Accountable care organization (ACO) and medical home differences

by Kevin Fickenscher, MD

In the great healthcare alphabet soup, it’s easy to lose sight of the differences between proposed solutions for making healthcare more efficient and effective.

Rather than tackling payment reform in isolation of care delivery, Accountable Care Organizations (ACOs) and Medical Homes offer a consolidated approach to both issues. While the models are still developing, various pilot programs are being implemented around the country.

Accountable care organizations are vertically integrated organizations of care, which are at minimum composed of primary care physicians, a hospital, and specialists. The various members of the healthcare team work together to improve the health of a designated population.  The intent is to coordinate care under the auspices of one organization. In theory, if the patient of an ACO is seen outside of the organization, the ACO maintains responsibility for the health of that individual.

But where does the “accountable” part of the name come from?  Well, in an ACO, providers are held directly responsible for the health of their patients and are evaluated based on their effectiveness, efficiency and quality of care in treating patients. The “responsibility” piece is the key differentiator of ACOs compared to more traditional health maintenance organizations (HMOs). While both approaches provide patients care that starts and ends with a primary care physician, provider members of ACOs work together across all of the specialties to develop care delivery programs which focus on outcomes and coordinating care.

To qualify as a Medicare ACO under the new healthcare reform package, organizations must agree to be accountable for the overall care of their Medicare beneficiaries, have adequate participation of primary care physicians and specialists, define processes to promote evidence-based medicine, report on quality and costs measure, and coordinate care.  ACOs encourage physicians and hospitals to integrate care by holding them responsible for quality and cost.

The incentives of the ACO are clearly different from the current fee-for-service reimbursement system.  The focus of the ACO is to streamline its processes and care while exceeding the norm on quality and outcomes.  If the organization spends less than projected, all members of the ACO share in the bonus payments thereby incentivizing effectiveness and efficiency.  If, on the other hand, an ACO underestimates the cost of operation, the providers will earn less, thereby institutionalizing “accountability.” Patients’ rights advocates have expressed that the model incentivizes providers to save money by cutting corners in treatment. Advocates argue that ACOs are not only responsible for setting and meeting goals on effectiveness and efficiency, but also on quality of care as measured by patient population health.  The approach is designed to assure best efforts on the part of every member of the organization and to streamline care while ensuring its effectiveness.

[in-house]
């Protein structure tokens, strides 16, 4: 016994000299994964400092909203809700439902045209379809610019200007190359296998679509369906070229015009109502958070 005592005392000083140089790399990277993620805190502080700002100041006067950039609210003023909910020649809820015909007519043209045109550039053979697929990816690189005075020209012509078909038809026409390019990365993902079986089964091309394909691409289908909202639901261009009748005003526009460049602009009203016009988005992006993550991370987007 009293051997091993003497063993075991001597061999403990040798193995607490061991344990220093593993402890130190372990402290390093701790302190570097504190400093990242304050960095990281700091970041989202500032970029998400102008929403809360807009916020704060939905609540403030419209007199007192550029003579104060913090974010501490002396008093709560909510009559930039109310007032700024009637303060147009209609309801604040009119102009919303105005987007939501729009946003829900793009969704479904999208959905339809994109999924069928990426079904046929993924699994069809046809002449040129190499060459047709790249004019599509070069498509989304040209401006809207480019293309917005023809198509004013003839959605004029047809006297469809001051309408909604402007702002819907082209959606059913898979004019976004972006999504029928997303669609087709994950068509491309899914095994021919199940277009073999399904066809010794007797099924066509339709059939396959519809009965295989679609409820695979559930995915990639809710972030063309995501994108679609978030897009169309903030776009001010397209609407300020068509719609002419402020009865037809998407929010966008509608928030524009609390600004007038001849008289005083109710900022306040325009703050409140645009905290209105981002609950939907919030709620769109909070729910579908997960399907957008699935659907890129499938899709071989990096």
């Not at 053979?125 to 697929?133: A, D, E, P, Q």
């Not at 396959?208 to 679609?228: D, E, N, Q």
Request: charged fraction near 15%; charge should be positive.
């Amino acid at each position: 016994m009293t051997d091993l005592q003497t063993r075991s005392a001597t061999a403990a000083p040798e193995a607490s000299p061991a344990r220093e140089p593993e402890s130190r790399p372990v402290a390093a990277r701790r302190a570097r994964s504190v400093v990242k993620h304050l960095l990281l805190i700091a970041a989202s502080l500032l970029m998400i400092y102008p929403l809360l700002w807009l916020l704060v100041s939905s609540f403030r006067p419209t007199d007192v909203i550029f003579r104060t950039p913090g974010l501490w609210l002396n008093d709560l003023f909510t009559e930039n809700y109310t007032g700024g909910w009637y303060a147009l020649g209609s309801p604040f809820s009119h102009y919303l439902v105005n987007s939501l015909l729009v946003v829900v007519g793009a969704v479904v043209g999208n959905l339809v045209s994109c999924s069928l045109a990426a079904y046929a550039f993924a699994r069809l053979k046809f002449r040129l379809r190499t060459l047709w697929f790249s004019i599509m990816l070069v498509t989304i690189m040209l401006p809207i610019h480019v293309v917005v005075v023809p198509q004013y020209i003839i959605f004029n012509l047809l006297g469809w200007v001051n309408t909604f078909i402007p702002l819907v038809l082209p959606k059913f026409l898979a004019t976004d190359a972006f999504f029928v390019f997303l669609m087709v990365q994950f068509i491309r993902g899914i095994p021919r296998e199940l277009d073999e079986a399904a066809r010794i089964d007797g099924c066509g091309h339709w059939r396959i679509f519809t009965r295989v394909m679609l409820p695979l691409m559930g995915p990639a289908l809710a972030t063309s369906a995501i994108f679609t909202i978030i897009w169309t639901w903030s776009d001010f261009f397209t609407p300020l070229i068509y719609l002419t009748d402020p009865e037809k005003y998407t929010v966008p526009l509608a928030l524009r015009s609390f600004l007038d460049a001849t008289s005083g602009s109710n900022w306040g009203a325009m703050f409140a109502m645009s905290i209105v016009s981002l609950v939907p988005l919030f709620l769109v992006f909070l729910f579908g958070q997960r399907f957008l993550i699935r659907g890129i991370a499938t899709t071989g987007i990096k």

Medical homes are similar to Accountable Organizations in that they consolidate multiple levels of care for patients. However, medical homes take the approach of having the primary physician lead the care delivery “team.” Simplistically, an ACO consists of many coordinated practices while a medical home is a single practice.  A medical home has several key characteristics, including:

  • Designation of a personal physician– each patient has an ongoing relationship with a personal physician trained to provide first contact, continuous and comprehensive care.  Also, the personal physician leads a team of individuals at the practice level who collectively take responsibility for the ongoing care of patients.
  • Whole person orientation– care is organized around providing services for all of the individual’s health care needs.  The medical home takes responsibility for appropriately arranging care with other qualified professionals on an as needed basis.
  • Care coordination and integration – care across the spectrum of specialists, hospitals, home health agencies, and nursing homes is coordinated with the personal physician leading the effort.
  • Evidence and outcomes focus – the quality and safety of care are assured by a care planning process using evidence-based medicine, clinical decision-support tools, performance measurement and active participation of patients in decision-making.
  • Enhanced access to care – practices are “open” in the sense that scheduling is available to individuals, hours of practice are expanded hours and new communications options are deployed for the convenience of individuals seeking care.
  • Comprehensive payment model – payments for services for individuals enrolled in the patient-centered medical home reflect a comprehensive payment for services that extends beyond the face-to-face visit with the personal physician.

The new healthcare reform package includes support for pilot programs for both the ACO and medical home initiatives under the Medicare program.  While these two approaches to care delivery and payment reform remain under development, they offer a glimmer of hope on how we can stretch the healthcare dollar further, focus on care delivery efficiency and drive quality results.  It’s clear that the final approach is very much on the drawing board and providers across the spectrum clearly have an opportunity to develop models which meet the needs of their respective communities.  We will continue to follow this exciting development in the coming months.

Kevin Fickenscher is the Vice President of Strategic Initiatives for Dell Services Healthcare, and blogs at ACO Watch.

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